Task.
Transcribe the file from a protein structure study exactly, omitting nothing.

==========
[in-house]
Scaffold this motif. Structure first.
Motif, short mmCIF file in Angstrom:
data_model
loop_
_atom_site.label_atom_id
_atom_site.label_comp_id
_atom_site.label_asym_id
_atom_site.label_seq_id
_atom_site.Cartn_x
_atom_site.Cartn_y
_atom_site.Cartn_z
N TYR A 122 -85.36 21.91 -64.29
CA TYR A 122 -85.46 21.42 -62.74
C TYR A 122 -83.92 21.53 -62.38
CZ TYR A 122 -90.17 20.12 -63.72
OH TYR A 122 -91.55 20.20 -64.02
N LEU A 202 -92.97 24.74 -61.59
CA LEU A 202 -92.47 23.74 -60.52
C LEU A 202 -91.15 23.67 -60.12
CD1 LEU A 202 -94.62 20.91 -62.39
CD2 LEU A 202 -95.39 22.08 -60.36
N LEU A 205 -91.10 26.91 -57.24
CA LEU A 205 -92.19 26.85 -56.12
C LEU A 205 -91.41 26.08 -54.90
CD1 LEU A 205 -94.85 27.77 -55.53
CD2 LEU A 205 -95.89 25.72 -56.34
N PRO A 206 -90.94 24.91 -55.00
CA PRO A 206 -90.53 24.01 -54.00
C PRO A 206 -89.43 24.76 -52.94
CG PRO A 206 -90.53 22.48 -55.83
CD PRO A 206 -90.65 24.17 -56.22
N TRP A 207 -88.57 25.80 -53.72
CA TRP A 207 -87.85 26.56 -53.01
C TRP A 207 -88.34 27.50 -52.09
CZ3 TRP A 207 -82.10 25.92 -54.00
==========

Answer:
[in-house]
Scaffold this motif. Structure first.
Motif, short mmCIF file in Angstrom:
data_model
loop_
_atom_site.label_atom_id
_atom_site.label_comp_id
_atom_site.label_asym_id
_atom_site.label_seq_id
_atom_site.Cartn_x
_atom_site.Cartn_y
_atom_site.Cartn_z
N TYR A 122 -85.36 21.91 -64.29
CA TYR A 122 -85.46 21.42 -62.74
C TYR A 122 -83.92 21.53 -62.38
CZ TYR A 122 -90.17 20.12 -63.72
OH TYR A 122 -91.55 20.20 -64.02
N LEU A 202 -92.97 24.74 -61.59
CA LEU A 202 -92.47 23.74 -60.52
C LEU A 202 -91.15 23.67 -60.12
CD1 LEU A 202 -94.62 20.91 -62.39
CD2 LEU A 202 -95.39 22.08 -60.36
N LEU A 205 -91.10 26.91 -57.24
CA LEU A 205 -92.19 26.85 -56.12
C LEU A 205 -91.41 26.08 -54.90
CD1 LEU A 205 -94.85 27.77 -55.53
CD2 LEU A 205 -95.89 25.72 -56.34
N PRO A 206 -90.94 24.91 -55.00
CA PRO A 206 -90.53 24.01 -54.00
C PRO A 206 -89.43 24.76 -52.94
CG PRO A 206 -90.53 22.48 -55.83
CD PRO A 206 -90.65 24.17 -56.22
N TRP A 207 -88.57 25.80 -53.72
CA TRP A 207 -87.85 26.56 -53.01
C TRP A 207 -88.34 27.50 -52.09
CZ3 TRP A 207 -82.10 25.92 -54.00